Germany and the perils of online censorship
When social-media giants become the corporate wing of state censorship.
Barely a day goes by without a member of the great and the good calling for a crackdown on online hate speech. According to this narrative, social media is a Wild West needing to be tamed, ‘an unrestricted torrent of malice and hatred’, as one Guardian columnist put it, responsible for everything from Brexit to gang violence.
Yet those calling for a clampdown need only look at the situation unfolding in Germany to see the threat posed to free speech by such demands, and the chaos caused by the imposition of new forms of internet censorship. For that is what the German government’s Network Enforcement Act, or NetzDG, which came into full effect at the beginning of this year, amounts to: censorship.
First, NetzDG obliges social-media companies such as Facebook, Twitter, YouTube and Instagram to remove ‘evidently unlawful’ content from their sites within 24 hours, or face fines of up to an eye-watering 50million euros. But it also demands that social-media companies remove hate speech or fake news that is not considered strictly illegal within seven days, or face lesser, but still significant, fines. Unsurprisingly, the result of these threats has been social-media companies frantically removing material to pre-empt any possible legal action.
So far, there have been numerous reports of Twitter and Facebook suspending accounts and removing posts out of fear of potentially breaching the new law. Mere days after NetzDG was introduced, writers for Titanic magazine were shocked to find that Titanic’s Twitter account was suspended on the basis of a satirical tweet purporting to be from Beatrix von Storch, a member of the ADF. ‘The last thing that I want is mollified, barbarian, Muslim, gang-raping hordes of men’, Titanic tweeted, in a parody of what von Storch had herself tweeted. Twitter reinstated the account, but it was a taste of things to come.
The comedian Sophie Passmann was next. In Germany, it is a peculiar annual ritual to watch the British theatre sketch, Dinner for One (recorded for German TV in 1963), on New Year’s Eve. Passmann is not a fan, however, and tweeted: ‘As long as it’s tradition here to watch Dinner for One on New Year’s Eve, refugees are welcome to come here and destroy our culture.’ Clearly taking the precautionary approach, Twitter managers removed it, concluding that this was an anti-refugee comment and therefore potentially hateful, rather than a satirical comment directed at German culture. Passmann’s tweet reinstated following a media outcry.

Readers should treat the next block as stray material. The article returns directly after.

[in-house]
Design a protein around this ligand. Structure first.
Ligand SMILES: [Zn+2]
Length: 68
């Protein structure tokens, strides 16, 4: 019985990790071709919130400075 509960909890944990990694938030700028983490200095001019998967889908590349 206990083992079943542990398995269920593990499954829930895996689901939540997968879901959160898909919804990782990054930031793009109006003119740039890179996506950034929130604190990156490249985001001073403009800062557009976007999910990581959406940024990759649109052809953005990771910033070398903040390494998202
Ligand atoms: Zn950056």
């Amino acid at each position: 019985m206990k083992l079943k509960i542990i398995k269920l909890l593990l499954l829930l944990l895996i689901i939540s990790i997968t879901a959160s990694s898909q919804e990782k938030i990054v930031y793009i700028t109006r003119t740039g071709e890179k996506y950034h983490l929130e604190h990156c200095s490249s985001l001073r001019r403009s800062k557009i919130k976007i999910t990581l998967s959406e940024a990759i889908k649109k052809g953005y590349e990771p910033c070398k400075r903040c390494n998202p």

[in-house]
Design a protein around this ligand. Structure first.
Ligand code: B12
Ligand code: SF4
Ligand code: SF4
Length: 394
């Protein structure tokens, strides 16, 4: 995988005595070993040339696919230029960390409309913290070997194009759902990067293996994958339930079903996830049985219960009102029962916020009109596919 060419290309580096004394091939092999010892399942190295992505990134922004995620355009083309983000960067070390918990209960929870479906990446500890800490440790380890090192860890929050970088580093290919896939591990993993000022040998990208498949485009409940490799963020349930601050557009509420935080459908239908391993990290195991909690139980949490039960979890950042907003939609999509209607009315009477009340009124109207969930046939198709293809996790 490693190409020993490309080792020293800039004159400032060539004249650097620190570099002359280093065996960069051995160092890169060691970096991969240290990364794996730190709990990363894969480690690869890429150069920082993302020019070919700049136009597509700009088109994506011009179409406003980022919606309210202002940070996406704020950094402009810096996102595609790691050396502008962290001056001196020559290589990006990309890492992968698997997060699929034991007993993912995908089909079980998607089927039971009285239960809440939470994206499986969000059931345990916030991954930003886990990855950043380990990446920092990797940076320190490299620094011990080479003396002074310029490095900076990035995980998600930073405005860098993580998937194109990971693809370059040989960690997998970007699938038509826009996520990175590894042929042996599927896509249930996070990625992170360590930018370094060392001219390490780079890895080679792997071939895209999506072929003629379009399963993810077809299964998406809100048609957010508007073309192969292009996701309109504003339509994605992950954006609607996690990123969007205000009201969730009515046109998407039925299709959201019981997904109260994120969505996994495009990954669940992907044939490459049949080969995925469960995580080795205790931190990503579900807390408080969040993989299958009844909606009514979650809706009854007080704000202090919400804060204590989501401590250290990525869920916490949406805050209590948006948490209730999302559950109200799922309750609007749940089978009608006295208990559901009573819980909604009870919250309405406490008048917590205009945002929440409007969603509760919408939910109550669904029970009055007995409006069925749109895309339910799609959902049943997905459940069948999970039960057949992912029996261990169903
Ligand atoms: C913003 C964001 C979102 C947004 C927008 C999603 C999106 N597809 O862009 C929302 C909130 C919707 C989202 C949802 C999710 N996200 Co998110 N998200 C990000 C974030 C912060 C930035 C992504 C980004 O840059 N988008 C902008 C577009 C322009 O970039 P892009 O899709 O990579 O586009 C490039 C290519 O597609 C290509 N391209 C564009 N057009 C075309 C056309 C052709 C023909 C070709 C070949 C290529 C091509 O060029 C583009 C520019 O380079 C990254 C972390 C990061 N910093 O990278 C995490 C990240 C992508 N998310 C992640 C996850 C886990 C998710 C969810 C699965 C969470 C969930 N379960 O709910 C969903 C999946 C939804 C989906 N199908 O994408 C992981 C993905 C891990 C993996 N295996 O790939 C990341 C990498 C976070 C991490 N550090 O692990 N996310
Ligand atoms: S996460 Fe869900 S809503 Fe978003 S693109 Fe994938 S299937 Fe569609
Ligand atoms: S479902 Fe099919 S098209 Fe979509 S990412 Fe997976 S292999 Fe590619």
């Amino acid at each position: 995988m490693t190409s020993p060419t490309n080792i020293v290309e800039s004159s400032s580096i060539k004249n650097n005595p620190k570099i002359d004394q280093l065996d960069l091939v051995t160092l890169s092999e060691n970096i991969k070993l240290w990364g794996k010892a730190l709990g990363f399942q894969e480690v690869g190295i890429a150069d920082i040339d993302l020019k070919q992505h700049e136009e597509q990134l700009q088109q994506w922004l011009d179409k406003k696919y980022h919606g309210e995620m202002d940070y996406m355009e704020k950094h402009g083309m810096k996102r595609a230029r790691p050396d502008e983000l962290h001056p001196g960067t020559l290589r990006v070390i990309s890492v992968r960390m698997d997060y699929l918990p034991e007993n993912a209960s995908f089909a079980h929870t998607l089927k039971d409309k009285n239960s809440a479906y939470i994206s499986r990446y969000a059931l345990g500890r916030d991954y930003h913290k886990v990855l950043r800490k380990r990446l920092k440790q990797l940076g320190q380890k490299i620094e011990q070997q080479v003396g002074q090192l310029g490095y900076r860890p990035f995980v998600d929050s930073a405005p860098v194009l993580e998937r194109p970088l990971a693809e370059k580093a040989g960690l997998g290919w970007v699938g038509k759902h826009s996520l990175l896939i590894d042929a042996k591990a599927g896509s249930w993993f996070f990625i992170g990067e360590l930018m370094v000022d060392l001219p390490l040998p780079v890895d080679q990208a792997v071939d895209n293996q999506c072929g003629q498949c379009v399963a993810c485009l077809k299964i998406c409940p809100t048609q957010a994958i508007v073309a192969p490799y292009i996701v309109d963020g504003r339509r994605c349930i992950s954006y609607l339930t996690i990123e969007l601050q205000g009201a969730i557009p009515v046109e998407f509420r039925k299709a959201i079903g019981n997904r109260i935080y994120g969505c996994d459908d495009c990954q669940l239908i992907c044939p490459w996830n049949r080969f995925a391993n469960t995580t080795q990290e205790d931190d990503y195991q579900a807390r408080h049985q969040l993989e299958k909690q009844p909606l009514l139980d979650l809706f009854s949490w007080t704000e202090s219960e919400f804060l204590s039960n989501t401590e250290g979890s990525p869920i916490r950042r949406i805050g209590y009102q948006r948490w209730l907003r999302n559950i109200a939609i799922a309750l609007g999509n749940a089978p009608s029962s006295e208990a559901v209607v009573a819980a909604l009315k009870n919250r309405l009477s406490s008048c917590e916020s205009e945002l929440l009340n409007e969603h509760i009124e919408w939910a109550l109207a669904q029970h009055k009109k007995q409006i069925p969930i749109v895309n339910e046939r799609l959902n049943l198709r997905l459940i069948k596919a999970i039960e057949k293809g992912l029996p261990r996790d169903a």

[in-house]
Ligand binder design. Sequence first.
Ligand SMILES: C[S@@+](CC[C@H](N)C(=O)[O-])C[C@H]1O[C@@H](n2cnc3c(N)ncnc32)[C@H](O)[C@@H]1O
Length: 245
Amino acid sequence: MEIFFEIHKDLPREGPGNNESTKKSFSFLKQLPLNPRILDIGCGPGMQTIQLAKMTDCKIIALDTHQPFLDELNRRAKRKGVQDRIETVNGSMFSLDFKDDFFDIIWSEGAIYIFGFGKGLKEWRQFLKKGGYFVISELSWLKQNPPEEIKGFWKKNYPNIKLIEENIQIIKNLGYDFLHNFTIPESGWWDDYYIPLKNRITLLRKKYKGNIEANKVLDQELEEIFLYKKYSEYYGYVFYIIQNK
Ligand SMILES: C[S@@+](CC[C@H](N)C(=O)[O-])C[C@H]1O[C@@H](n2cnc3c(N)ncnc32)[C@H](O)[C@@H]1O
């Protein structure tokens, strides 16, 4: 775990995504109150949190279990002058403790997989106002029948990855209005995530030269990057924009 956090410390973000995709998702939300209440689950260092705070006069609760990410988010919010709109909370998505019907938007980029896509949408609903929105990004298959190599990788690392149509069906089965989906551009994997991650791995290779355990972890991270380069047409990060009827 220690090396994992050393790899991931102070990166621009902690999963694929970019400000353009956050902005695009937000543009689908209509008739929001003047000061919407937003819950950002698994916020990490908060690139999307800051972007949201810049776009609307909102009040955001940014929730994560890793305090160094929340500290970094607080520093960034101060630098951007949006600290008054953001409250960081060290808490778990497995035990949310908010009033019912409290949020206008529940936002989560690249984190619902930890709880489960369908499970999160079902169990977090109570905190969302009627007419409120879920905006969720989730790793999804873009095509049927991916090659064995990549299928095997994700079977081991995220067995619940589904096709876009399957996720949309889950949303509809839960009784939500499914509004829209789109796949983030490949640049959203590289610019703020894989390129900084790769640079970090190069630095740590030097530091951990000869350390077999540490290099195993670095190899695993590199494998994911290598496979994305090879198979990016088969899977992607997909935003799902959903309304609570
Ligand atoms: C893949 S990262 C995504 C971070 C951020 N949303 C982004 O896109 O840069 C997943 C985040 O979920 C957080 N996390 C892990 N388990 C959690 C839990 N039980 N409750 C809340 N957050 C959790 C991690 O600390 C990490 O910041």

Then there was the case of Barbara, a German street artist. Facebook and Instagram deleted several of her posts on the grounds that they violated ‘community standards’. Following Barbara’s complaints, Facebook and Instagram then claimed the posts had been deleted by accident. But she was not convinced. She warned of the dangers to freedom of expression ‘if satirists are subjected to the verdict of private companies that act as a judge’.
The controversies caused by the introduction of NetzDG have forced the German government to concede that amendments to the new law may be needed. Critics have pointed out that it does not need to be tweaked, it needs to be abolished – because the fundamental principle of the law is unworkable. Jimmy Schulz, the digital expert for the Free Democratic Party (FDP), rightly pointed out that, ‘private companies are deciding what is right and what is wrong and therefore limiting free expression… The law should be scrapped in its current form as there is nothing that can be solved by amendments.’
How has this situation arisen? How has it come to pass that private companies are regulating and censoring online speech? Because a supposedly liberal Western government, afraid of being seen to attack free speech itself, has outsourced the role of censor. In Germany, social-media companies are now responsible for purging what the government deems undesirable material, without ministers having to dirty their own hands through acts of direct state censorship.
To make this possible, social-media companies are no longer being defined merely as platform providers, enabling private individuals to post and share whatever they wish within closed and voluntary networks of other freely consenting individuals. No, Facebook and others have been redefined as publishers, as editors of the material they publish. They are therefore obliged to enforce the restrictions on content that other publishers must abide by.
Worryingly, it is this kind of approach that some politicians in the UK seem to want to emulate. But expecting social-media companies to filter the material generated by their millions of users is near enough impossible. And more importantly, it means curbing speech, encouraging private companies to censor not just illegal material, but also legal material, just to be on the safe side. The result is sanitised social media. This might well suit many of our political leaders, but it should appal those of us who believe in freedom of speech.
Steve Bremner is a writer based in London.
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